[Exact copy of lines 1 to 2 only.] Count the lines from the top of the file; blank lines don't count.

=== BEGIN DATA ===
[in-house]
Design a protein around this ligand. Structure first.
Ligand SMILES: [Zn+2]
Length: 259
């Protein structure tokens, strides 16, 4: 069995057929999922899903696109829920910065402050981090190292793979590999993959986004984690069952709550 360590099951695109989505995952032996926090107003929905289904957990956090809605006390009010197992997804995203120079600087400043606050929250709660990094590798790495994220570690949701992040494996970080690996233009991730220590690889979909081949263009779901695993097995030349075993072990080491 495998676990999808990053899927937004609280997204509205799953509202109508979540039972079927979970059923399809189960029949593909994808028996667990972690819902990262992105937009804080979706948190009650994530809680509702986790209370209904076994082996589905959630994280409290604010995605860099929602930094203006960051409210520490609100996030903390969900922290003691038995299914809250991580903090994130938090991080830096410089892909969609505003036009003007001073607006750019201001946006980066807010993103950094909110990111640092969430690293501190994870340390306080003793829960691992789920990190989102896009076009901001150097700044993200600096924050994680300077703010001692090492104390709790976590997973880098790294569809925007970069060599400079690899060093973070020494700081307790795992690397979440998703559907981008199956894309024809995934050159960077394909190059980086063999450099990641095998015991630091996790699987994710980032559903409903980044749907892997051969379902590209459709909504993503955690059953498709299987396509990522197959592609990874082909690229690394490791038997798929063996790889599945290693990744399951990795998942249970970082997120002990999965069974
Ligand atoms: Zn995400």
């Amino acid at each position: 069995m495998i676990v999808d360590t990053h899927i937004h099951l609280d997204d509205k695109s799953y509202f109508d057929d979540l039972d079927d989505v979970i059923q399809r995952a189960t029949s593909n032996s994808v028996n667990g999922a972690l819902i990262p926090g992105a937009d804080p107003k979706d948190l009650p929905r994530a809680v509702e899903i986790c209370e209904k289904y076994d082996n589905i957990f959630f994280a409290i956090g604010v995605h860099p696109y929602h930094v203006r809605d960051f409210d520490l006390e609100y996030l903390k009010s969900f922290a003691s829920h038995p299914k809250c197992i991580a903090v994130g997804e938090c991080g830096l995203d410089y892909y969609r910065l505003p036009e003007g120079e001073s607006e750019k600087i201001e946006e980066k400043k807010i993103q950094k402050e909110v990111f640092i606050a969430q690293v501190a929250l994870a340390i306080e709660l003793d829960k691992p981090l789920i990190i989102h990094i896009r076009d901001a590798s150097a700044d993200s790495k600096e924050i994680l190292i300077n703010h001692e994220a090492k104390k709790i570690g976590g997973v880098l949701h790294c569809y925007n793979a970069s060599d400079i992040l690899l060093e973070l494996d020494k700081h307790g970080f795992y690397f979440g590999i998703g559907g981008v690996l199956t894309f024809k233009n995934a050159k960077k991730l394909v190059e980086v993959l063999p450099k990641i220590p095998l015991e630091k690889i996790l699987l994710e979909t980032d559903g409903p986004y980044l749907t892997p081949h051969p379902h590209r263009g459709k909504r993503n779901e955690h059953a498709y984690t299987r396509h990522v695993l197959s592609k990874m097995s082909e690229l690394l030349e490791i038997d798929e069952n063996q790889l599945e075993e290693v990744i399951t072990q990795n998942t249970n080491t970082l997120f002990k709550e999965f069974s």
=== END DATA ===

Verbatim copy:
[in-house]
Design a protein around this ligand. Structure first.